The policeman is the first person to be charged since a wave of political violence began six weeks ago. Officials of the United Nations Transitional Authority in Cambodia (Untac), whose mission is to restore peace to the country and create a 'neutral political environment' before elections are held, have identified 46 attacks on party offices and workers since early December.
In most cases the victims, like Mr Kiev, have been members of the royalist party of Prince Norodom Sihanouk, known by its French initials Funcinpec, which expects to win the most votes in elections for a national assembly in three or four months' time.
The finger points at the Phnom Penh government, which is likely to fare extremely badly at the polls. Whoever was responsible for the violence, the head of Untac's human rights wing, Dennis McNamara, said this week, the authorities did not seem to be making any attempt to prevent it, let alone find the perpetrators and arrest them.
Nor is Mr Em's case any sign of a change of heart. To bring him to trial, Untac had to arrest him, fly him to Phnom Penh, appoint an Australian lawyer to prosecute him, and place him pending the hearing in a detention centre it has set up near the airport, where he is guarded by Ghanaian policemen. After some difficulty, a Cambodian magistrate was found before whom the charge could be laid, but it may be necessary to hold the trial before a UN-appointed judge as well. Even the defence lawyer is a Cambodian who has been through a UN training course.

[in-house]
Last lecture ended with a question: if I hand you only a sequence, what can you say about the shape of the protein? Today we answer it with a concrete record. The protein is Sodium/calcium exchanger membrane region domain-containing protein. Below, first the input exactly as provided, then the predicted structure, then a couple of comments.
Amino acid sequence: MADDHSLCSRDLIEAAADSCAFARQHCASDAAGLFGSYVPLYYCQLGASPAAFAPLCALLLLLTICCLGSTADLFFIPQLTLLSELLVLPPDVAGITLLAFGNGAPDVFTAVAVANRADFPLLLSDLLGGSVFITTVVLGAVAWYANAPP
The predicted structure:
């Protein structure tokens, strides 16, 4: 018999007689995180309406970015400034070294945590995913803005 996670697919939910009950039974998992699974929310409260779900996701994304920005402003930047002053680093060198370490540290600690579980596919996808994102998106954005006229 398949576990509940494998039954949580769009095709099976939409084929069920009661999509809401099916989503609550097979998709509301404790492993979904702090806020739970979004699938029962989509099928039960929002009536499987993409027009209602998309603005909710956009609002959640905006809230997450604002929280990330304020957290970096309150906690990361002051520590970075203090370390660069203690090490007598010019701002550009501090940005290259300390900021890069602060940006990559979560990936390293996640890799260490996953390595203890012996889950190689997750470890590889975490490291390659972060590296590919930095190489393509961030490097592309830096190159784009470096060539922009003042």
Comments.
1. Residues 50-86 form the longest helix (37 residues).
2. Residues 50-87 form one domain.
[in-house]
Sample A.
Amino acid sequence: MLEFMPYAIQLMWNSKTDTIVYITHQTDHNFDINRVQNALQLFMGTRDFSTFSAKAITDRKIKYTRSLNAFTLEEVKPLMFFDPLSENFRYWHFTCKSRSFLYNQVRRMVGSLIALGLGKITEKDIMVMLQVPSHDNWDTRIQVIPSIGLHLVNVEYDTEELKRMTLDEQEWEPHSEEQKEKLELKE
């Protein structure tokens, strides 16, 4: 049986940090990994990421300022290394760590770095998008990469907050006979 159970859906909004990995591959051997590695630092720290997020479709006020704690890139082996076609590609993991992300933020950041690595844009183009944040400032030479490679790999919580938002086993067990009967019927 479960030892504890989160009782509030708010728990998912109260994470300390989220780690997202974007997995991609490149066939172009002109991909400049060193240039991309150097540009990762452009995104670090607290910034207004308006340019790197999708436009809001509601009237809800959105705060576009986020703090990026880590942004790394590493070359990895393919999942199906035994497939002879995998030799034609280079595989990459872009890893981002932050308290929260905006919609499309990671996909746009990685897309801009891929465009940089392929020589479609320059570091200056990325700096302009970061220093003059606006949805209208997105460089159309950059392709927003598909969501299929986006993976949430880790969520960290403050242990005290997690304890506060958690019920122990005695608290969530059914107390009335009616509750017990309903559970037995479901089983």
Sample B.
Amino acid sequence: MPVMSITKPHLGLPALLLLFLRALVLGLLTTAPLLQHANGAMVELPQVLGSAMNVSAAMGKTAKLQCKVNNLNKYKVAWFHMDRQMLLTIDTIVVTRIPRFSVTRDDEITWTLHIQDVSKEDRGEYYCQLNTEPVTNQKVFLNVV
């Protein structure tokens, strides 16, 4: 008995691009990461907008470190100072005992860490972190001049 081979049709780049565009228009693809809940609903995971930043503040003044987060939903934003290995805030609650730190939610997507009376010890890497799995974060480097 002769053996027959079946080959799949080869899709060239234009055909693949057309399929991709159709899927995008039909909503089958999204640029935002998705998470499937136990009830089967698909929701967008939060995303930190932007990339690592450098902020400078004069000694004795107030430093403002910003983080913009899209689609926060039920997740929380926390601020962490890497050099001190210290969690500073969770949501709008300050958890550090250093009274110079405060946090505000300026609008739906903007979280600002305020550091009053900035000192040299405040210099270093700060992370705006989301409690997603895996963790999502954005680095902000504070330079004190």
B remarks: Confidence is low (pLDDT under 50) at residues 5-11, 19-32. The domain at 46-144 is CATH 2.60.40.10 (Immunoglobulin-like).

The affair illustrates the monumental size, not to say hopelessness, of Untac's task in seeking to implement the peace agreement signed by the four Cambodian factions in Paris 15 months ago. The murderous Khmer Rouge has already withdrawn co-operation; by taking the law into its own hands, the UN is acknowledging that the Hun Sen government, which controls most of the country, is also failing to play its part. Mr Em's is the first of several cases of alleged political intimidation Untac says it is prepared to bring if the Phnom Penh authorities fail to do so.
Thun Saray is all too familiar with the problems of attempting to plant the concept of human rights in a nation which has known none for at least two decades. 'Even the victims of violations find it normal,' he said.
A 42-year-old economist, who was jailed by both the Khmer Rouge and the present government, he spent a period in hiding recently after his establishment of the Cambodian Human Rights Association attracted death threats. Now, from his headquarters - a half-built house in the grounds of a Buddhist temple - he is trying to acquaint his fellow Cambodians with their rights before it is too late. Apart from training courses and pamphlets the association, which has 22,000 members, is using traditional forms to get its message across in rural areas. Ay-ai - sung dialogues which usually speak of love - are being rewritten to convince voters their ballots will be secret.
'This is the last chance for Cambodia,' said Mr Thun. 'We must not sit back with folded arms. We must take this opportunity. If the biggest operation the UN has ever mounted cannot save this country, nothing can.'
Mr Thun and his followers, however, are among the relatively few Cambodians willing to suppress their fears and work openly with Untac. The outcome of its attempt to take over the country's legal system in all but name will be closely watched.
TOKYO - Japan will give portable radios and radio-cassette-recorders to Cambodians so that they can listen to United Nations news programmes on their planned general elections, Tokyo said yesterday, Reuter reports.
It plans to donate 40,000 radios and 1,000 radio-cassette-recorders to the Cambodian people through Untac, a Foreign Ministry spokesman said.